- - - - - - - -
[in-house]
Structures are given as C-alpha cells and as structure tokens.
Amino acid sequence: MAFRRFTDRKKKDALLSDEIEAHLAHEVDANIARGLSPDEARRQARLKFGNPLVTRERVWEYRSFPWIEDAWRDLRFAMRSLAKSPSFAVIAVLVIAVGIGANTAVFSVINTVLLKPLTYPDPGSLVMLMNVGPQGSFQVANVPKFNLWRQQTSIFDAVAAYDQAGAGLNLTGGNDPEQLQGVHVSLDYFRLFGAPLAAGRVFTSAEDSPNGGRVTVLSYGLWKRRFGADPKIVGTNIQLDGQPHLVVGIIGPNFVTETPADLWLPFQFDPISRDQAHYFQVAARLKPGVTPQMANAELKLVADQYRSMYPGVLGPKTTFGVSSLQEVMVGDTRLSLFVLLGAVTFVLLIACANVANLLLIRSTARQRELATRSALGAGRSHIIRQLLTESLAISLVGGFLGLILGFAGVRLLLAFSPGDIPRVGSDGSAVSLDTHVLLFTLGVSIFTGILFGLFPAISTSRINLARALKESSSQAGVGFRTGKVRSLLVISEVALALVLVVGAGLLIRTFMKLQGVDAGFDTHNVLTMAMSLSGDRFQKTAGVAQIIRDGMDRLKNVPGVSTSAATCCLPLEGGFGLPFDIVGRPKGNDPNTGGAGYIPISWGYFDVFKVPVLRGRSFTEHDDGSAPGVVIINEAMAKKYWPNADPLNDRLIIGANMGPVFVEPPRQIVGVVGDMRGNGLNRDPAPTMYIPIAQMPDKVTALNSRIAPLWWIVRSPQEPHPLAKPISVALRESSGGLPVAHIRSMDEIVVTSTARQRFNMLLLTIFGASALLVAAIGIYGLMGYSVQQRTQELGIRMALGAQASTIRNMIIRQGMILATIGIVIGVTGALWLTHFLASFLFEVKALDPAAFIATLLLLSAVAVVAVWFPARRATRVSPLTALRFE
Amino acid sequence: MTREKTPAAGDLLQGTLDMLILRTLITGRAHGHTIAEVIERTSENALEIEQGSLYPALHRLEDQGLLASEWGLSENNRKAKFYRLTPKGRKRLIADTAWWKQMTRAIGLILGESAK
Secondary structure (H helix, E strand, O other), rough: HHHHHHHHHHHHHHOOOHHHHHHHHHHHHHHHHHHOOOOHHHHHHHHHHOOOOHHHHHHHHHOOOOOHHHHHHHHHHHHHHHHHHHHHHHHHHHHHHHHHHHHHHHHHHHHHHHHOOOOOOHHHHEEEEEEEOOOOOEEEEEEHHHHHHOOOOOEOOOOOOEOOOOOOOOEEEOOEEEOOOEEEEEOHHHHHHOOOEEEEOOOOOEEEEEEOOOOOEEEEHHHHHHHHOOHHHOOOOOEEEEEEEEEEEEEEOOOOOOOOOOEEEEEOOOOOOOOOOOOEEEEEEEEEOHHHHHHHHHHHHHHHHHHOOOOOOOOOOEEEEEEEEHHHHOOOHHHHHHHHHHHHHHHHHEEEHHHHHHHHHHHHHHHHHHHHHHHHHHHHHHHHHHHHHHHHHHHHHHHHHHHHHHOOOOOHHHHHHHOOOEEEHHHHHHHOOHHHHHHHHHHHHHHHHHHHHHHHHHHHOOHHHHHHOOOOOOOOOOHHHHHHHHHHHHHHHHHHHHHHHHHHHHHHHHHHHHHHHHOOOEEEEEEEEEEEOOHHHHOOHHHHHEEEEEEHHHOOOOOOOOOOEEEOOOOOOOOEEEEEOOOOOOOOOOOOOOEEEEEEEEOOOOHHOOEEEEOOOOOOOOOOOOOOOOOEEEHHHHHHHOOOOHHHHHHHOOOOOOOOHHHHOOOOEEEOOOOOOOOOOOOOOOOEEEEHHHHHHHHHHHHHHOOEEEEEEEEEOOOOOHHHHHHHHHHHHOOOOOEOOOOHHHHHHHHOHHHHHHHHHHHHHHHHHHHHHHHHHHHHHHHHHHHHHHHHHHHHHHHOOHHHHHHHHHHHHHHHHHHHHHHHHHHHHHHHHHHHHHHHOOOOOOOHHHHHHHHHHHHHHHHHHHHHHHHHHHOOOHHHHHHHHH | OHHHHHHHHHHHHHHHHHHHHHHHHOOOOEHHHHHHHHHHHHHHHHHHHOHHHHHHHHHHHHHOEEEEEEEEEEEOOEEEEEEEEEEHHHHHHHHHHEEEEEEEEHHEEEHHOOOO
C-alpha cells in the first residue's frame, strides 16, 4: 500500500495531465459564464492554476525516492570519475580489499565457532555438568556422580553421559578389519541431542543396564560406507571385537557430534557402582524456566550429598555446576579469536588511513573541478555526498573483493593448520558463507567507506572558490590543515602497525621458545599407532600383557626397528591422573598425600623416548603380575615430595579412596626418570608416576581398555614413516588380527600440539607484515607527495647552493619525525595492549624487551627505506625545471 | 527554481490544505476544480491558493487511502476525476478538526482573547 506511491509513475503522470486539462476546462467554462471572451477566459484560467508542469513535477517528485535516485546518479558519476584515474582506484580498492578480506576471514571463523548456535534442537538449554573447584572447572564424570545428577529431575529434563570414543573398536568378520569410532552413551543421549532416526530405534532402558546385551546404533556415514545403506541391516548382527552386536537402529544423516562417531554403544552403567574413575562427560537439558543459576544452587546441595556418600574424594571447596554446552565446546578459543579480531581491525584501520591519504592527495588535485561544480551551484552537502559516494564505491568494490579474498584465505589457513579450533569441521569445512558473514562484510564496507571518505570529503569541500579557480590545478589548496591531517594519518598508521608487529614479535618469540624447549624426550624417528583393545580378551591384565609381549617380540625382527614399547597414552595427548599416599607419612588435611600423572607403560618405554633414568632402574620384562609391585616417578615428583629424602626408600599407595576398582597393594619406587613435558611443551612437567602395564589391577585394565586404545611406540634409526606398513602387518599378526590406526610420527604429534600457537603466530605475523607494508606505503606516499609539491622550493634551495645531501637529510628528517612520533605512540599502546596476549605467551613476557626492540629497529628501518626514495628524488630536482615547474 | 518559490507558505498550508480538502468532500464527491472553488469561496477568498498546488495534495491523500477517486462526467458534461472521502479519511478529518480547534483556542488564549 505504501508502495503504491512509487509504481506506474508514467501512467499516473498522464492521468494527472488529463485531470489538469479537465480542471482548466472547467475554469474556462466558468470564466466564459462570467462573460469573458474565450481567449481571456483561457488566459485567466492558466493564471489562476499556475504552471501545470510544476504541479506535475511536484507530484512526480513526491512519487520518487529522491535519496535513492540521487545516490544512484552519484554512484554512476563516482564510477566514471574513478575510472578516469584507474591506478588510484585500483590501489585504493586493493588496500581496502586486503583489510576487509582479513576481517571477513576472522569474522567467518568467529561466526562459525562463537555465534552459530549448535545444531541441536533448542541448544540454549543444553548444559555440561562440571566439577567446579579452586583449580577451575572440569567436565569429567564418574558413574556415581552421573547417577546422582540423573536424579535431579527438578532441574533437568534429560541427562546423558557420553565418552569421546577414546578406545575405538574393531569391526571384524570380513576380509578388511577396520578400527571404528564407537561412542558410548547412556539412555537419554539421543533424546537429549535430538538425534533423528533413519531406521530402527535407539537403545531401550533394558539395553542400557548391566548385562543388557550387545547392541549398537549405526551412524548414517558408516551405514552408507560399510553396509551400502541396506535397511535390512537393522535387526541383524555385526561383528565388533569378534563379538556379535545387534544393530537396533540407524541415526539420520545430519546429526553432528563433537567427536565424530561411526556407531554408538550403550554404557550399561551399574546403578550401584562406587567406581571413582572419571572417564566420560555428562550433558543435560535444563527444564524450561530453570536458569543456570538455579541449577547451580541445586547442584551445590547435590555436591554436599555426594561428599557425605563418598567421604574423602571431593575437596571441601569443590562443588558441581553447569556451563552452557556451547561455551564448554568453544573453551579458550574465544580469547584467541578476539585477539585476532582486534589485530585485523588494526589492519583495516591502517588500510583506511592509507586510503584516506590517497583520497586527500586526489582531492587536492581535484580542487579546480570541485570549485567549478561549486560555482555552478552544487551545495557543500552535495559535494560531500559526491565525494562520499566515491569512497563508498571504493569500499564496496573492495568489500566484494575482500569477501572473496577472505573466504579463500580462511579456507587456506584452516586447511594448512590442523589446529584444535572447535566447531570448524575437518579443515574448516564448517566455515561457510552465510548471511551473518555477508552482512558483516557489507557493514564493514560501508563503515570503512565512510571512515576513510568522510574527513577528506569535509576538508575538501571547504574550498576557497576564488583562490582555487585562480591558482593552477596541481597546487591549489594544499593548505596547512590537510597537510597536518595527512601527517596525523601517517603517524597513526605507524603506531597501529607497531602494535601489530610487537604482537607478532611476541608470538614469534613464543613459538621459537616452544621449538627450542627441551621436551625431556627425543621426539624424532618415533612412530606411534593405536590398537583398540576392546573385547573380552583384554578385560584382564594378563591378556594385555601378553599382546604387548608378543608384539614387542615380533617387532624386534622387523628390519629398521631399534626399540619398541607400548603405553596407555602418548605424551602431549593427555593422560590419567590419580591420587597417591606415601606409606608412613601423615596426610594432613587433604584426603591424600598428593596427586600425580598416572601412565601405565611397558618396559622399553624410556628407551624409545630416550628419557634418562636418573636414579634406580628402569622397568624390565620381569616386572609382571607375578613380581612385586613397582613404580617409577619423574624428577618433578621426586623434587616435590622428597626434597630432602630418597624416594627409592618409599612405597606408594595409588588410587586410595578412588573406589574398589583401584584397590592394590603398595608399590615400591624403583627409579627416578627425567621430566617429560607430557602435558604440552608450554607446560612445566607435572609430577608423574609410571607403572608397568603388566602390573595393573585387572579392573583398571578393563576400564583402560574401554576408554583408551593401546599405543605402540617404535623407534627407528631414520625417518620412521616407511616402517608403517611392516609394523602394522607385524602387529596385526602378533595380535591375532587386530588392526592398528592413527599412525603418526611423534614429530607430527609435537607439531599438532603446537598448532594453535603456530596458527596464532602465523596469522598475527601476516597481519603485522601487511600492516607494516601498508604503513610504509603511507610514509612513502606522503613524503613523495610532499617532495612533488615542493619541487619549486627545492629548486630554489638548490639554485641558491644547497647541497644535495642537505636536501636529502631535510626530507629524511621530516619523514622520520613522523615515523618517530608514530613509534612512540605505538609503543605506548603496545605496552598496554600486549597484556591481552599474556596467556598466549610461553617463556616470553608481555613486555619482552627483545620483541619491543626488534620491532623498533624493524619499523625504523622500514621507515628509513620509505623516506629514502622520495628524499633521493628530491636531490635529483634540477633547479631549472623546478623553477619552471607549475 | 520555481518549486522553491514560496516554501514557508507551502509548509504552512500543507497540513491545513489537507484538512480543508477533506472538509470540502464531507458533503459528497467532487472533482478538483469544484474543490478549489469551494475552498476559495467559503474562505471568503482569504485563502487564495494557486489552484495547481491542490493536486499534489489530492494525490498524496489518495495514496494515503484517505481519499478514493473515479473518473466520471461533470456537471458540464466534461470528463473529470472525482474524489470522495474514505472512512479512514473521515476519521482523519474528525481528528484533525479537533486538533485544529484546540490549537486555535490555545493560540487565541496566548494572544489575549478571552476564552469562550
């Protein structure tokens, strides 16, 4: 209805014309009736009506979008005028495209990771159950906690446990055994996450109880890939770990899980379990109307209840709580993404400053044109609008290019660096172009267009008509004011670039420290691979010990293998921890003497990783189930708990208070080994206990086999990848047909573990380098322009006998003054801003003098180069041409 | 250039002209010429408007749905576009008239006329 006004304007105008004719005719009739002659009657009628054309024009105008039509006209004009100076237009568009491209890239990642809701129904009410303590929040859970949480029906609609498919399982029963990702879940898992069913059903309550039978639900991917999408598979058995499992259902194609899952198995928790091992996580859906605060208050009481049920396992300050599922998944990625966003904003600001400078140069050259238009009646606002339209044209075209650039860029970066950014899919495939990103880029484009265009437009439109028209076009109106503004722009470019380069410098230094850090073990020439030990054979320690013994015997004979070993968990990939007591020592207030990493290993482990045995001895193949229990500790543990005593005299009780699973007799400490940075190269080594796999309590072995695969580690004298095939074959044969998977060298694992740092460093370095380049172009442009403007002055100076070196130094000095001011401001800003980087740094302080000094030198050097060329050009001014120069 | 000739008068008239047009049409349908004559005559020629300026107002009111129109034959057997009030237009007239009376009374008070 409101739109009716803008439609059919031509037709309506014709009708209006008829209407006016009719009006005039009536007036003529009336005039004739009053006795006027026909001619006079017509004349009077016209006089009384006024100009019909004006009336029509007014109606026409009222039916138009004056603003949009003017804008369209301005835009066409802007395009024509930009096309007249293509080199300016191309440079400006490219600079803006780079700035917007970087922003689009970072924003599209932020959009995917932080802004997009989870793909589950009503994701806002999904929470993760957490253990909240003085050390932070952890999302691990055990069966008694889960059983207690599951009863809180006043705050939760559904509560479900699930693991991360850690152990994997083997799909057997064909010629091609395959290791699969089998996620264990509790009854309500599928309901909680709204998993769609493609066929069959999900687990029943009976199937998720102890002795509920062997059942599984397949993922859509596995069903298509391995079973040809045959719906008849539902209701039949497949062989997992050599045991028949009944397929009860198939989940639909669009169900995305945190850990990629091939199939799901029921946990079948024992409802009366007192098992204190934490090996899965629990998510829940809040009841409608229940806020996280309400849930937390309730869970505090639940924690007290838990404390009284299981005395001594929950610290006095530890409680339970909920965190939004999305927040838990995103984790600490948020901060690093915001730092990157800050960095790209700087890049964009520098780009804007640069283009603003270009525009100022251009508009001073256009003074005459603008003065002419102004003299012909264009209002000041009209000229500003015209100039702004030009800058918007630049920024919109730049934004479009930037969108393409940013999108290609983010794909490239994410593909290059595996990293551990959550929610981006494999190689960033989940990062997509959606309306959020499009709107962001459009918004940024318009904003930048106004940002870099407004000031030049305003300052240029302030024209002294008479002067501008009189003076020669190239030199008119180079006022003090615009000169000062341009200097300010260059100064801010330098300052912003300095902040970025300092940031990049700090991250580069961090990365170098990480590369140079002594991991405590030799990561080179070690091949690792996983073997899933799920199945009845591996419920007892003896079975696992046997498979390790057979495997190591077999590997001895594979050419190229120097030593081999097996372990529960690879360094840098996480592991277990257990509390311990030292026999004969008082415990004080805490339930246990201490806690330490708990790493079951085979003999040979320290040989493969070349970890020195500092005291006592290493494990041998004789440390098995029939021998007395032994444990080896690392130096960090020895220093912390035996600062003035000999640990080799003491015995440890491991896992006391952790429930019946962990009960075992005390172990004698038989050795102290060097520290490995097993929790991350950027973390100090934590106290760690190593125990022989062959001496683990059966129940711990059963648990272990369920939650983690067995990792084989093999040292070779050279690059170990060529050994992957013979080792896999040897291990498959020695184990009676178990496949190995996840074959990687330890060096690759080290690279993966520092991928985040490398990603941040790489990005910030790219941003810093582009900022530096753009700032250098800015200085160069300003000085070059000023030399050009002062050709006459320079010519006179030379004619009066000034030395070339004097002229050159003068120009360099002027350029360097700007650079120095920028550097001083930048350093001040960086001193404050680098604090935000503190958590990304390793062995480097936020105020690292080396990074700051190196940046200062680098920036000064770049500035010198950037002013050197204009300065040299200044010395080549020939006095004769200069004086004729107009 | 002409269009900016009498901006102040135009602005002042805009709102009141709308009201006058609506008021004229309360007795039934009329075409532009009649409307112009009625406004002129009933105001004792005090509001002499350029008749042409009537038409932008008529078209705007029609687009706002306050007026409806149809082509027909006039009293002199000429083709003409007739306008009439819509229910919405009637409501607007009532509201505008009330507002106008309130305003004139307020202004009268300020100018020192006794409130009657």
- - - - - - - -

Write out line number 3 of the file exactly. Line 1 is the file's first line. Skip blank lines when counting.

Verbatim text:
Amino acid sequence: MAFRRFTDRKKKDALLSDEIEAHLAHEVDANIARGLSPDEARRQARLKFGNPLVTRERVWEYRSFPWIEDAWRDLRFAMRSLAKSPSFAVIAVLVIAVGIGANTAVFSVINTVLLKPLTYPDPGSLVMLMNVGPQGSFQVANVPKFNLWRQQTSIFDAVAAYDQAGAGLNLTGGNDPEQLQGVHVSLDYFRLFGAPLAAGRVFTSAEDSPNGGRVTVLSYGLWKRRFGADPKIVGTNIQLDGQPHLVVGIIGPNFVTETPADLWLPFQFDPISRDQAHYFQVAARLKPGVTPQMANAELKLVADQYRSMYPGVLGPKTTFGVSSLQEVMVGDTRLSLFVLLGAVTFVLLIACANVANLLLIRSTARQRELATRSALGAGRSHIIRQLLTESLAISLVGGFLGLILGFAGVRLLLAFSPGDIPRVGSDGSAVSLDTHVLLFTLGVSIFTGILFGLFPAISTSRINLARALKESSSQAGVGFRTGKVRSLLVISEVALALVLVVGAGLLIRTFMKLQGVDAGFDTHNVLTMAMSLSGDRFQKTAGVAQIIRDGMDRLKNVPGVSTSAATCCLPLEGGFGLPFDIVGRPKGNDPNTGGAGYIPISWGYFDVFKVPVLRGRSFTEHDDGSAPGVVIINEAMAKKYWPNADPLNDRLIIGANMGPVFVEPPRQIVGVVGDMRGNGLNRDPAPTMYIPIAQMPDKVTALNSRIAPLWWIVRSPQEPHPLAKPISVALRESSGGLPVAHIRSMDEIVVTSTARQRFNMLLLTIFGASALLVAAIGIYGLMGYSVQQRTQELGIRMALGAQASTIRNMIIRQGMILATIGIVIGVTGALWLTHFLASFLFEVKALDPAAFIATLLLLSAVAVVAVWFPARRATRVSPLTALRFE